Active involvement of youth in agriculture is necessary for sustainable agricultural systems but is currently a challenge in many areas. Under the framework of the CGIAR Research Program (CRP) on Dryland Systems, YPARD, Bern University of Applied Sciences, School of Agricultural, Forest and Food Sciences HAFL and the Royal Tropical Institute (KIT) set out to carry a study on the realities, perceptions, challenges and aspirations of rural youth in dryland agriculture in the Midelt province, Morocco. Using a combination of qualitative and quantitative participatory research methods, this study analyses rural youth’s realities, perspectives and aspirations in dryland Agricultural Livelihood Systems (ALSs) in the Midelt Province, Morocco, with a particular focus on gender.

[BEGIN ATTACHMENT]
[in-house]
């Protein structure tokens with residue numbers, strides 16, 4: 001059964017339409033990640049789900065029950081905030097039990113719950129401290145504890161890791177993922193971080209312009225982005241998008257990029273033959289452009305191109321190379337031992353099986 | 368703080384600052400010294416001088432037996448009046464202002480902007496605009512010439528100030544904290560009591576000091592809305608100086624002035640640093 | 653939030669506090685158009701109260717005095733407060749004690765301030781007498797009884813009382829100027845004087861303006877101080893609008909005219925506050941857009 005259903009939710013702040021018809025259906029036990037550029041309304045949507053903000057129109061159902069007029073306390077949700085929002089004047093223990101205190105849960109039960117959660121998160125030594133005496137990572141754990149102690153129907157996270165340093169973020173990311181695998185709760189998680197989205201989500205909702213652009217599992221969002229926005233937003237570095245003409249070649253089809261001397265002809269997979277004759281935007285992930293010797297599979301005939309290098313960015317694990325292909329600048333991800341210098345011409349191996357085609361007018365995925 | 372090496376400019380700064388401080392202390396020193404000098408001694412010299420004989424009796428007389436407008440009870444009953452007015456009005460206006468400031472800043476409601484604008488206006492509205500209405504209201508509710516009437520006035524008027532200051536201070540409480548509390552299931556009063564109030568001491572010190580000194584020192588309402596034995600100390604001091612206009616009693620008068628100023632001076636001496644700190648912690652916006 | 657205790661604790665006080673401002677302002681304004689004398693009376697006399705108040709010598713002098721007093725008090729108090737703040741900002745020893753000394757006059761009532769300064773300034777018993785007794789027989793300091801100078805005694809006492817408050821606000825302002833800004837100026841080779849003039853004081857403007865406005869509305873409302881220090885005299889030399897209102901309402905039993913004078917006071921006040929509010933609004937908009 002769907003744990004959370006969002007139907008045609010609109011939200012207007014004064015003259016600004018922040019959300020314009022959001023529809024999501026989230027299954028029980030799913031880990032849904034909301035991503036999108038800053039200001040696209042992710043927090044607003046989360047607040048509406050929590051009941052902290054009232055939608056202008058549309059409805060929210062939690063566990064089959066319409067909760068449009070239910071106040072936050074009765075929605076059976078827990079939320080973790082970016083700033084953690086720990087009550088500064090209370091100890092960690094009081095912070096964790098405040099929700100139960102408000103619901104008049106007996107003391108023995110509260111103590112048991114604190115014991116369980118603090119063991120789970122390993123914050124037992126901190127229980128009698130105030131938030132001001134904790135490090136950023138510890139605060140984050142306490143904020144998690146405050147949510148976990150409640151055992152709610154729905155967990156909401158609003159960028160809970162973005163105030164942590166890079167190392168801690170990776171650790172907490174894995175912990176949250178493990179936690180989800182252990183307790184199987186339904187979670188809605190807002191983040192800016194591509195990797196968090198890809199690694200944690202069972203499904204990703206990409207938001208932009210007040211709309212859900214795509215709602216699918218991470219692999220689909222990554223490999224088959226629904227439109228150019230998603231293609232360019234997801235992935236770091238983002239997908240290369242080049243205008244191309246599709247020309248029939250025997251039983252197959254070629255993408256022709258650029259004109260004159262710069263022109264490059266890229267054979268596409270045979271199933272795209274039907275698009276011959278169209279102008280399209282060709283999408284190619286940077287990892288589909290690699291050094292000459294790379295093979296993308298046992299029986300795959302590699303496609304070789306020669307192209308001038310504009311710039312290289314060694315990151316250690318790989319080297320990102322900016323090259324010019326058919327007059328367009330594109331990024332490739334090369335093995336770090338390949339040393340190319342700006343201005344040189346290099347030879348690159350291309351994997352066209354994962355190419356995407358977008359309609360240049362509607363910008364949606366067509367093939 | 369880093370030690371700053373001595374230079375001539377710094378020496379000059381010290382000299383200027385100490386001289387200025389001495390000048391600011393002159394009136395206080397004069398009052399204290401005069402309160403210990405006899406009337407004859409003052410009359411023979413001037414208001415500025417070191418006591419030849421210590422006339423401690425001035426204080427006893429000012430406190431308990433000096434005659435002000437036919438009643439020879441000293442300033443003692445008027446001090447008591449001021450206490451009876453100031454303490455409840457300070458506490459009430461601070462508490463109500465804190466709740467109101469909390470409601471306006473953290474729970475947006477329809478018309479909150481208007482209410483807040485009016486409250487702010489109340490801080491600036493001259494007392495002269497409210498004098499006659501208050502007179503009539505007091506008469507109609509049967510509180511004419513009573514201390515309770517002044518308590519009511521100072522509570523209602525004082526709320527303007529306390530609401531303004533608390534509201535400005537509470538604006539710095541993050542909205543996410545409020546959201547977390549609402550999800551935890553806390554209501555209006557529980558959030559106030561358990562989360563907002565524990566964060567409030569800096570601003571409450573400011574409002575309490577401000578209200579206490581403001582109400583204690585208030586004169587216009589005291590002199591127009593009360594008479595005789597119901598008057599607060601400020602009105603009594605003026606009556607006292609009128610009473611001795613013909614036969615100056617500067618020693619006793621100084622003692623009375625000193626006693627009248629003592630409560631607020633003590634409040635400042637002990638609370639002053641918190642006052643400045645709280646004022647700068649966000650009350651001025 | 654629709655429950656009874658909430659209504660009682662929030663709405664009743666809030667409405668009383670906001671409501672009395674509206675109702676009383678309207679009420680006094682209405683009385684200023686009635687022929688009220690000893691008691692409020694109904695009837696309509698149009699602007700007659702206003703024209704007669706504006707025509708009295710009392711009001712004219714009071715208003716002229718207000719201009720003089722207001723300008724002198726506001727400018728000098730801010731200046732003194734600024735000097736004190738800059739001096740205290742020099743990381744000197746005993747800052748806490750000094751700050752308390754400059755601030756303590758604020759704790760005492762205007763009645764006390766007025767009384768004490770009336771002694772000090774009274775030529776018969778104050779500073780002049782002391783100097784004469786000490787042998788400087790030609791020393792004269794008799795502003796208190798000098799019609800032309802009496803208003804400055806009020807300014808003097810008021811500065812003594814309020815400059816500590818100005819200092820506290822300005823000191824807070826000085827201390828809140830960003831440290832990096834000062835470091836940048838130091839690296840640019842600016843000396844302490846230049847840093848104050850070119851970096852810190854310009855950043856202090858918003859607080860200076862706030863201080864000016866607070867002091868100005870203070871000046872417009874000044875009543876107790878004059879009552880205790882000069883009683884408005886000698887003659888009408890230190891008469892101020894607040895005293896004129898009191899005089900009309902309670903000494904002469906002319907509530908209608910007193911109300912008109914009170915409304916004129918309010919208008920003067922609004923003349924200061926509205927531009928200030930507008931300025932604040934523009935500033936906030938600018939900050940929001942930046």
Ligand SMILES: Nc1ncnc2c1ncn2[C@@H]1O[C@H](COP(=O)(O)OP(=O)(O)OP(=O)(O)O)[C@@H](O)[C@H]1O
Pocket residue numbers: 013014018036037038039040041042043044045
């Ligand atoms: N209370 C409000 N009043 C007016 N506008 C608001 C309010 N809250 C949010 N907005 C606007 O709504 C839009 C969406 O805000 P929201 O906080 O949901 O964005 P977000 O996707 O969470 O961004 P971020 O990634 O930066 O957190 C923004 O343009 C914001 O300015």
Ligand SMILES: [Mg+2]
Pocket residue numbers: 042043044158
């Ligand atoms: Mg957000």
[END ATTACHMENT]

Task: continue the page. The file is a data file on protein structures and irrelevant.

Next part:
The data collected is an important first step in understanding the target group and working with youth to identify and develop appropriate programmatic interventions to improve their livelihoods and rural futures. Prior to expressing their aspirations for their rural life and career, the youth first raised the issue of unfulfilled primary needs: access to education, potable water, heath care, and lack of infrastructure in their villages. The issue of outmigration from rural areas is controversial and not so widespread. The youth’s dream village is envisioned as a rural place where people have a more comfortable life with their own families, farming better and more sustainably rather than seeking a job in urban areas. In a nutshell, to support the drylands youth’s aspirations and their willingness to stay in agriculture, there is a need for infrastructural and regulatory interventions and specific training in agricultural practices targeting and engaging youth.